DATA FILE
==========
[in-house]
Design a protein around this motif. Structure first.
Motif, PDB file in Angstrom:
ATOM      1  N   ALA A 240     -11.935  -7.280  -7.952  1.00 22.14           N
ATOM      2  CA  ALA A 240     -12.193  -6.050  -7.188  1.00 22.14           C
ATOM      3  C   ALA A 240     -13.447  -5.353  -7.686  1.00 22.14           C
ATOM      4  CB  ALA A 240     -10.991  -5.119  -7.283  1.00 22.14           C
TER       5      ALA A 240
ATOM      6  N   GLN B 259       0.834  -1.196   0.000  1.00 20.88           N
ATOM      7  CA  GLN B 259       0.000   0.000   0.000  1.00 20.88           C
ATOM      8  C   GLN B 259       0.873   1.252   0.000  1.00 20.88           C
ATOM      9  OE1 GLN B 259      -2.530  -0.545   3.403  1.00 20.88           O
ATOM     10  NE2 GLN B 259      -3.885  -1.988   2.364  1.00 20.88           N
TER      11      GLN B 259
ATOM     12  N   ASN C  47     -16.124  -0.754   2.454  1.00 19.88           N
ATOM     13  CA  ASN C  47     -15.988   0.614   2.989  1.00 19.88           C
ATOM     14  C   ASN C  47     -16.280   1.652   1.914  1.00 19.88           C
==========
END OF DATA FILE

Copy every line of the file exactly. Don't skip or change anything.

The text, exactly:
[in-house]
Design a protein around this motif. Structure first.
Motif, PDB file in Angstrom:
ATOM      1  N   ALA A 240     -11.935  -7.280  -7.952  1.00 22.14           N
ATOM      2  CA  ALA A 240     -12.193  -6.050  -7.188  1.00 22.14           C
ATOM      3  C   ALA A 240     -13.447  -5.353  -7.686  1.00 22.14           C
ATOM      4  CB  ALA A 240     -10.991  -5.119  -7.283  1.00 22.14           C
TER       5      ALA A 240
ATOM      6  N   GLN B 259       0.834  -1.196   0.000  1.00 20.88           N
ATOM      7  CA  GLN B 259       0.000   0.000   0.000  1.00 20.88           C
ATOM      8  C   GLN B 259       0.873   1.252   0.000  1.00 20.88           C
ATOM      9  OE1 GLN B 259      -2.530  -0.545   3.403  1.00 20.88           O
ATOM     10  NE2 GLN B 259      -3.885  -1.988   2.364  1.00 20.88           N
TER      11      GLN B 259
ATOM     12  N   ASN C  47     -16.124  -0.754   2.454  1.00 19.88           N
ATOM     13  CA  ASN C  47     -15.988   0.614   2.989  1.00 19.88           C
ATOM     14  C   ASN C  47     -16.280   1.652   1.914  1.00 19.88           C